Astronauts in space, on Earth mourn loss of Apollo moonwalker Alan Bean
Alan Bean, who died on May 26, 2018 at age 86, is remembered by his fellow astronauts as an explorer, hero, artist and friend. (NASA) May 28, 2018
– The death of Apollo moonwalker and artist Alan Bean elicited tributes by his fellow astronauts, on and off the planet.
Bean, who died on Saturday (May 26) at age 86, was the fourth NASA astronaut to walk on the moon, the second to command the first U.S. space station, and the only artist to document his firsthand experiences visiting another world.
"We honor and remember a fallen colleague and hero who helped advance the human species out into space," wrote Expedition 54 flight engineer Drew Feustel from on board the International Space Station. "Alan Bean inspired us all to be better, to be humble, and to strive to share the story of exploration and give our lives meaning."
"Rest In Peace Alan. Ad Astra," Feustel said on Twitter.
Bean was selected with NASA's third group of astronauts. The 1963 class included Bean's future Apollo 12 crewmate Richard Gordon, who preceded him in death in 2017; Buzz Aldrin, who preceded Bean to the moon on Apollo 11; and Walt Cunningham, who preceded Bean to space as a crew member on Apollo 7.
"Alan and I have been best friends for 55 years, ever since the day we became astronauts," said Cunningham, adding his comments to a statement released by Bean's family.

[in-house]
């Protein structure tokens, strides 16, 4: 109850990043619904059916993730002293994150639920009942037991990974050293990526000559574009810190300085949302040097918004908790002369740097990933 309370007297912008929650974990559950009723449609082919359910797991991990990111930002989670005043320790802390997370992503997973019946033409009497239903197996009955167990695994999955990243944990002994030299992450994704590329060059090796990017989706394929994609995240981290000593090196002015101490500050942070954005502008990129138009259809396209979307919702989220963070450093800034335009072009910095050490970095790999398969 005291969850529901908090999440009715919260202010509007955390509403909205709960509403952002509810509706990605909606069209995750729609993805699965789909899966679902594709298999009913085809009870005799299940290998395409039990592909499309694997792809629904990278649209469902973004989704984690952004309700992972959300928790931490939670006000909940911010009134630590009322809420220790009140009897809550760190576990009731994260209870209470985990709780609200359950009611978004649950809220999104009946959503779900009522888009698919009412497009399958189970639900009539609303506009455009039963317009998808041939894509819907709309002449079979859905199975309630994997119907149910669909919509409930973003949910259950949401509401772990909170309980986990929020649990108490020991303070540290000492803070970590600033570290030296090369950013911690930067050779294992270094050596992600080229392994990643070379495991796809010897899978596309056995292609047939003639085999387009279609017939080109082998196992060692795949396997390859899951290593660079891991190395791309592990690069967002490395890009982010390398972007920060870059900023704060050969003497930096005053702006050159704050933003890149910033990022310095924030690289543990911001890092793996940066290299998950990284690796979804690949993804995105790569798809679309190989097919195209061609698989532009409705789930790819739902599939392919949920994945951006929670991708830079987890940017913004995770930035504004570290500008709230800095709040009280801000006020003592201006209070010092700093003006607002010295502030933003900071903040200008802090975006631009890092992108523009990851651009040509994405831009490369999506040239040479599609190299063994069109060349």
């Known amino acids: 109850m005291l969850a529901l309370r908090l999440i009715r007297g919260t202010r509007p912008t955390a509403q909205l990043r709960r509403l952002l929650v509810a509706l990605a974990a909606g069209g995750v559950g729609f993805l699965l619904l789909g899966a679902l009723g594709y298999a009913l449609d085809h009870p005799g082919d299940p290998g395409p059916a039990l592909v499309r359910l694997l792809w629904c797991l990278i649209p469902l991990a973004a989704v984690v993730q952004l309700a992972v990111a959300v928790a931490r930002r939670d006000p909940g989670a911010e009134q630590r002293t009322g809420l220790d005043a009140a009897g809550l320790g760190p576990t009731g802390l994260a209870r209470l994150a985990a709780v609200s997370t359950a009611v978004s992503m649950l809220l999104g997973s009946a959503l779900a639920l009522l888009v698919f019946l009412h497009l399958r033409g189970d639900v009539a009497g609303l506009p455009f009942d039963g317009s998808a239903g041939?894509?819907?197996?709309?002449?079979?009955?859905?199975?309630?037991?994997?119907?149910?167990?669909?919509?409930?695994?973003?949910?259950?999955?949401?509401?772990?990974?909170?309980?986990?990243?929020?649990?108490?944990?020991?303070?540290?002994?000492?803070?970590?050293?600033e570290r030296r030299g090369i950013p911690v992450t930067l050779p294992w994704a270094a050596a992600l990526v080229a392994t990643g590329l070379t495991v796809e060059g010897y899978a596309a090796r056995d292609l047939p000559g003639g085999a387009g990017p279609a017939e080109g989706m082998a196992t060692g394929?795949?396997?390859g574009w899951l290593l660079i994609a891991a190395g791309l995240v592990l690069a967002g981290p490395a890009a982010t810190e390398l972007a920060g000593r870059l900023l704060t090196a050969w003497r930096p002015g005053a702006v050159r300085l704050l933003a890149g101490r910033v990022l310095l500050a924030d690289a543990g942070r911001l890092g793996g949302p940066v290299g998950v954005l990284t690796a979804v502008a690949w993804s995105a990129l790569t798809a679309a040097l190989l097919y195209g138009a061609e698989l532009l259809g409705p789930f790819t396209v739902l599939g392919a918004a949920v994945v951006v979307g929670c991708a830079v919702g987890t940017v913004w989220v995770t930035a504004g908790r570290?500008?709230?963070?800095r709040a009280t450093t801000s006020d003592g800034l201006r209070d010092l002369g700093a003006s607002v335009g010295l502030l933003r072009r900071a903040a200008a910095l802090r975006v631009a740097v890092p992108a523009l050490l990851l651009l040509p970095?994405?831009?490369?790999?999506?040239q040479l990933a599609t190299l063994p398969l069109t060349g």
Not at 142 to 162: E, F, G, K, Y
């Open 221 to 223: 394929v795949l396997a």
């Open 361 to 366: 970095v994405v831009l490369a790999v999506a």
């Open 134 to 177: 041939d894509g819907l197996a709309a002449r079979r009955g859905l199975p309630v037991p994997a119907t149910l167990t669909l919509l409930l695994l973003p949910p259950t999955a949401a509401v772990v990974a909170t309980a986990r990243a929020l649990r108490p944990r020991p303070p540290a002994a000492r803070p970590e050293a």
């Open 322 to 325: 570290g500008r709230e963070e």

As Apollo 12 lunar module pilot, Alan Bean became the fourth man to walk on the moon in November 1969. (NASA)
As the head of the Skylab branch for the Astronaut Office, Cunningham worked with Bean, who flew as commander of the second crewed flight to the orbital workshop.
"We've never lived more than a couple of miles apart, even after we left NASA. And for years, Alan and I never missed a month where we did not have a cheeseburger together," Cunningham said. "We are accustomed to losing friends in our business, but this is a tough one."
Bean was the last living member of the Apollo 12 crew. In addition to Gordon, he was preceded in death by mission commander Pete Conrad in 1999. There are now only four of the twelve Apollo moonwalkers still alive.
"My first close contact with Alan Bean began in August of 1969 with his last four months of preparation as the lunar module pilot for Apollo 12," said Harrison Schmitt, the first and only geologist to walk on the moon on Apollo 17. "Alan and Pete were extremely engaged in the planning for their exploration of the Surveyor III landing site in the Ocean of Storms [and] this commitment paid off with Alan and Pete's collection of a fantastic suite of lunar samples, a scientific gift that keeps on giving today and in the future."
After returning from the moon and leading the then record-setting 59-day expedition aboard Skylab, Bean left NASA to devote his time to painting what he and his fellow Apollo moonwalkers experienced.
"He'd call me to ask about some detail about the lunar soil, color or equipment he wanted to have represented exactly in a painting," recounted Schmitt. "Other times, he wanted to discuss items in the description that he was writing to go with a painting. His enthusiasm about space and art never waned."
"He was my superhero of spaceflight and art," said Nicole Stott, who followed Bean's example by becoming an artist after spending more than 100 days in space. "Thankful for his mentorship, friendship, and beautiful smile."
Alan Bean in his art studio in Houston. (Smithsonian/Carolyn Russo)